Read more on travel safety.
Italians delight in kids and you’ll find bars and restaurants are very family friendly. Breastfeeding is accepted; however, nappy changing facilities are uncommon, as are high chairs, and the cost of nappies and formula milk is high. You can expect discounts on travel and entry to museums.
Read more on travelling with children.
EU citizens only need a passport to travel to Italy and can stay indefinitely. Citizens of the United States, Canada, Australia and New Zealand can also visit Italy on a passport (as long as it’s valid for at least three months from departure date) but can only stay for 90 days. South Africans visiting Italy need a Schengen visa, allowing travel through several countries within the Eurozone. Other nationals should check visa regulations with their nearest Italian embassy or consulate before booking their trip to Italy.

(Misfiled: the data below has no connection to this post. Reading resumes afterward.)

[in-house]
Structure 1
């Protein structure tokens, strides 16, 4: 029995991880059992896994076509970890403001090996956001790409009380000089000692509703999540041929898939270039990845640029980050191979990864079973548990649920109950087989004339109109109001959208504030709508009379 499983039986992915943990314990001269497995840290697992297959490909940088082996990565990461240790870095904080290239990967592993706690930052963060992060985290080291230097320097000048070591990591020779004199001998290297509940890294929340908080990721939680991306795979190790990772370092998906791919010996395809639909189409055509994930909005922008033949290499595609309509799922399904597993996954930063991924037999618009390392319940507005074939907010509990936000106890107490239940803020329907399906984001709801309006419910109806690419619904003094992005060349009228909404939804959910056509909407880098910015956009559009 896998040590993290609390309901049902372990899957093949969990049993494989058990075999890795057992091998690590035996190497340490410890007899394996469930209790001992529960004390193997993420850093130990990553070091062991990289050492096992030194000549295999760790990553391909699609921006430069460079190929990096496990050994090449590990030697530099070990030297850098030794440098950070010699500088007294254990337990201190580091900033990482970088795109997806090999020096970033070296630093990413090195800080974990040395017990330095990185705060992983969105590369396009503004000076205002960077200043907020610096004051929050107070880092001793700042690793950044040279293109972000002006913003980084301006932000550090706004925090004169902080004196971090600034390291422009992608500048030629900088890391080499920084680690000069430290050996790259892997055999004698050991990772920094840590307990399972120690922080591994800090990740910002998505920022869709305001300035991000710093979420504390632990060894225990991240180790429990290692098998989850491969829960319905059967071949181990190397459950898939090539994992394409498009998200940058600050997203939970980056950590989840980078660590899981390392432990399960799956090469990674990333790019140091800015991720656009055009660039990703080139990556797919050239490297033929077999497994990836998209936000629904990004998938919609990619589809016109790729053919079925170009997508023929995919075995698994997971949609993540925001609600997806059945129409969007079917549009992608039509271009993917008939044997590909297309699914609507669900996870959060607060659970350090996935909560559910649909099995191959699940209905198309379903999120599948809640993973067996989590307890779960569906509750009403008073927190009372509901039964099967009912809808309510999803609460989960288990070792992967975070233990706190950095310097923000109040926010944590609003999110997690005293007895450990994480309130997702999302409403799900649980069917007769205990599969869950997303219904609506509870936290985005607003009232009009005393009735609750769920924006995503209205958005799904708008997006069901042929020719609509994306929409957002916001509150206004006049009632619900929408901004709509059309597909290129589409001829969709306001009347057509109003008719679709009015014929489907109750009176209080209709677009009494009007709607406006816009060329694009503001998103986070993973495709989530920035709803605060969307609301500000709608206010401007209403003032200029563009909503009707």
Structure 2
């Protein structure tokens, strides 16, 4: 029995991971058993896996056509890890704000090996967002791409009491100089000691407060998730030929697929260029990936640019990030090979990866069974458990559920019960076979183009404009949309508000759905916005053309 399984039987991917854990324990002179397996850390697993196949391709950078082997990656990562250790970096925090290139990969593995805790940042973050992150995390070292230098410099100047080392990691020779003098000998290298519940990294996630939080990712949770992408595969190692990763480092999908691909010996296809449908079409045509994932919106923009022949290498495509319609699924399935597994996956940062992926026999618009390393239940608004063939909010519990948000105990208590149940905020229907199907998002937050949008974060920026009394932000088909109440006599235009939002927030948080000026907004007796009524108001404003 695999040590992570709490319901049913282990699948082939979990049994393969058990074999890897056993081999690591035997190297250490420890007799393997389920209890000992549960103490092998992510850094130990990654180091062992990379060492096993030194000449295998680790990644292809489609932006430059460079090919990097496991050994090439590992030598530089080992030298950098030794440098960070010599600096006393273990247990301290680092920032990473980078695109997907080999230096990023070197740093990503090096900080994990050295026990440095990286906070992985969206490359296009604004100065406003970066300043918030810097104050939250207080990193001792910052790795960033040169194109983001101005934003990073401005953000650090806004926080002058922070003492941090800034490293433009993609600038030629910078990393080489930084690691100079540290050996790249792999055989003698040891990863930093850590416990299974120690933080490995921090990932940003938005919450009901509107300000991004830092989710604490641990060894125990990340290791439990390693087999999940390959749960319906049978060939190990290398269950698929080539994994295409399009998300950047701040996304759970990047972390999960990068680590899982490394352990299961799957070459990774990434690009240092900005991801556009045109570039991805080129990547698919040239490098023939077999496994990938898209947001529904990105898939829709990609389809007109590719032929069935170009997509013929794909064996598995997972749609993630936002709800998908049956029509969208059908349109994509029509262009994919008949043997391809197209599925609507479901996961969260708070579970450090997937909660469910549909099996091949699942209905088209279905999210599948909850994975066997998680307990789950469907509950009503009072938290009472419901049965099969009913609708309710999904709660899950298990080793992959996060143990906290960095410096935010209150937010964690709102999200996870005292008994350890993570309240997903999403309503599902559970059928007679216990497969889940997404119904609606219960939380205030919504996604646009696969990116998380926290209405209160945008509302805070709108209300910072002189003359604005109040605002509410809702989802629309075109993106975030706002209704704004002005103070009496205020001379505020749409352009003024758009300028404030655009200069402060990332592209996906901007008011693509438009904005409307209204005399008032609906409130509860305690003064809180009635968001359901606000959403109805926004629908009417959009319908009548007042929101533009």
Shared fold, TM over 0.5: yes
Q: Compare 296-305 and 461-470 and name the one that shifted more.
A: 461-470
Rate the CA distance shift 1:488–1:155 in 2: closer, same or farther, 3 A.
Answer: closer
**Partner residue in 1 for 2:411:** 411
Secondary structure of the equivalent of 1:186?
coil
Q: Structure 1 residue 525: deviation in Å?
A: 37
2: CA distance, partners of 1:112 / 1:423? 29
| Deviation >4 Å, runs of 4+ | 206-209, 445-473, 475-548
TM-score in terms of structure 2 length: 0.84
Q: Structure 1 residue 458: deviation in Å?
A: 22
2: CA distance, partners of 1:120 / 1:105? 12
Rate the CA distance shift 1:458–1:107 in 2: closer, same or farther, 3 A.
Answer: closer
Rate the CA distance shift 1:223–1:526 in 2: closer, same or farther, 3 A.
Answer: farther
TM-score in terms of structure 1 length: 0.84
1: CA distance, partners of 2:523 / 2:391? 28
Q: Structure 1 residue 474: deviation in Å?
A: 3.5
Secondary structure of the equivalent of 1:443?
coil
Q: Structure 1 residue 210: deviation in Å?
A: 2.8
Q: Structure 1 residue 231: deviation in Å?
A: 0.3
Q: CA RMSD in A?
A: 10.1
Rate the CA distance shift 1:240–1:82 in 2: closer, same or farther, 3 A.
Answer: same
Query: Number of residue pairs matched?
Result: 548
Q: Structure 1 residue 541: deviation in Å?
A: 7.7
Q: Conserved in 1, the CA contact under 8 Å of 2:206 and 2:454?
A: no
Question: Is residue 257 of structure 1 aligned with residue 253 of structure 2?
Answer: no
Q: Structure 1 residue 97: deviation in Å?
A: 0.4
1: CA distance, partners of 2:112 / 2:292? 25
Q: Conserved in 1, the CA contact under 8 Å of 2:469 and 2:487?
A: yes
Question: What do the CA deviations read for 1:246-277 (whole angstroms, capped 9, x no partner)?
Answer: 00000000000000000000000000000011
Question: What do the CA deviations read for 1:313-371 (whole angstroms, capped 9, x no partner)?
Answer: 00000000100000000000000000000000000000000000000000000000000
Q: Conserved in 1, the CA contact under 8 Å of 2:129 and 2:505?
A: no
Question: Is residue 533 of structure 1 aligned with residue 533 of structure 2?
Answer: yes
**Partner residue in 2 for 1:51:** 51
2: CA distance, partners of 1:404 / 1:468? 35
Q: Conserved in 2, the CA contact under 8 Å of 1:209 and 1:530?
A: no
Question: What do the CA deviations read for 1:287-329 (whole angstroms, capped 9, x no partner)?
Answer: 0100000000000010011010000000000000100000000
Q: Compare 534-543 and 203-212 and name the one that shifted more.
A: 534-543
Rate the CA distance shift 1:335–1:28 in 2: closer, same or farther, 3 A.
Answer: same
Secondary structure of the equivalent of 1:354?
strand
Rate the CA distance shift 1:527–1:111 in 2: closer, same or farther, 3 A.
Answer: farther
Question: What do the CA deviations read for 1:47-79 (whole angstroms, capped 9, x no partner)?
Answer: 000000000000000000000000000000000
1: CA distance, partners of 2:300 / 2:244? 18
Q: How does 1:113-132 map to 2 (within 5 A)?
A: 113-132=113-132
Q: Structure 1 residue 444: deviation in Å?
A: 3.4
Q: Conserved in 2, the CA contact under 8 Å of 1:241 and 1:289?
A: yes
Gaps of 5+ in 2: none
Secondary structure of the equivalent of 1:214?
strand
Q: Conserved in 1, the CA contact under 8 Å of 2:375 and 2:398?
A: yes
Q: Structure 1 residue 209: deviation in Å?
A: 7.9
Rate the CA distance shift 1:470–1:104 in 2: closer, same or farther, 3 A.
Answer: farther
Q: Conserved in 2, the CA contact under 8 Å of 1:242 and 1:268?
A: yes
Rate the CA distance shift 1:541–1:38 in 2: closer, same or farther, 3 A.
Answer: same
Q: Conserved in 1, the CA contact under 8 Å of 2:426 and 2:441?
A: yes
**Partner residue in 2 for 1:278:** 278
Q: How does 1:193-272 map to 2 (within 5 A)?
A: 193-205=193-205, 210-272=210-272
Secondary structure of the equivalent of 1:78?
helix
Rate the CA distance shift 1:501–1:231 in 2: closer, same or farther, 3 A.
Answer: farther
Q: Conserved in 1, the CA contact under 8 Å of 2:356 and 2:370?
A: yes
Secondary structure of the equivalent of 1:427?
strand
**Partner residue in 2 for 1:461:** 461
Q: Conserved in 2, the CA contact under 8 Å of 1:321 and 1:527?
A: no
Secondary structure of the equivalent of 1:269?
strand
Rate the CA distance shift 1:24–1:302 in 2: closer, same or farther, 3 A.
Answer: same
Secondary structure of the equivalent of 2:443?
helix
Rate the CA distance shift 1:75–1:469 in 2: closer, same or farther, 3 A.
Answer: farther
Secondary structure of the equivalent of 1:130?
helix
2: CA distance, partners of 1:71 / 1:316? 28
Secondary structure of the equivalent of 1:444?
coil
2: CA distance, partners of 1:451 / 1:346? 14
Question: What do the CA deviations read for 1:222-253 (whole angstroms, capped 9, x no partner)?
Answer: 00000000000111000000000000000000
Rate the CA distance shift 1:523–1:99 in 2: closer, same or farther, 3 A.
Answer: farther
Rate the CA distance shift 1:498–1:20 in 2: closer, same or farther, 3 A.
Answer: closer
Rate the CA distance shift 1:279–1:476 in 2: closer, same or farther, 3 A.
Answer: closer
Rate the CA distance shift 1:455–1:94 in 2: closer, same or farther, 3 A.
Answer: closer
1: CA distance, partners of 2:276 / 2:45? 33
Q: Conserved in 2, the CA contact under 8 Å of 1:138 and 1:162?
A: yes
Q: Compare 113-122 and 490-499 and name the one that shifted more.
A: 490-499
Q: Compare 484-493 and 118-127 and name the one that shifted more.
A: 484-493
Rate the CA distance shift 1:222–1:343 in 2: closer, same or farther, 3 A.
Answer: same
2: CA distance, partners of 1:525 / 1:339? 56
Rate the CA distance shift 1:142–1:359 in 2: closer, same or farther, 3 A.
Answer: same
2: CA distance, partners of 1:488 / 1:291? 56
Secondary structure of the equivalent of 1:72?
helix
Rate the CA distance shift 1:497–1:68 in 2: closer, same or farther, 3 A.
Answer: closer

Read more on entry requirements for travel to Italy.
You’re quite likely to come across a festival if you travel to Italy. The Italians love a festival and there are thousands during the year. Religious processions are widespread, Good Friday being particularly well celebrated, and carnival (the big party before the abstemiousness of Lent). Then there are traditional events, such as the Palio horse race in Siena, food festivals, often celebrating regional cuisine, as well as arts festivals, often taking place against a backdrop of Roman or medieval architecture.
Read more on festivals in Italy.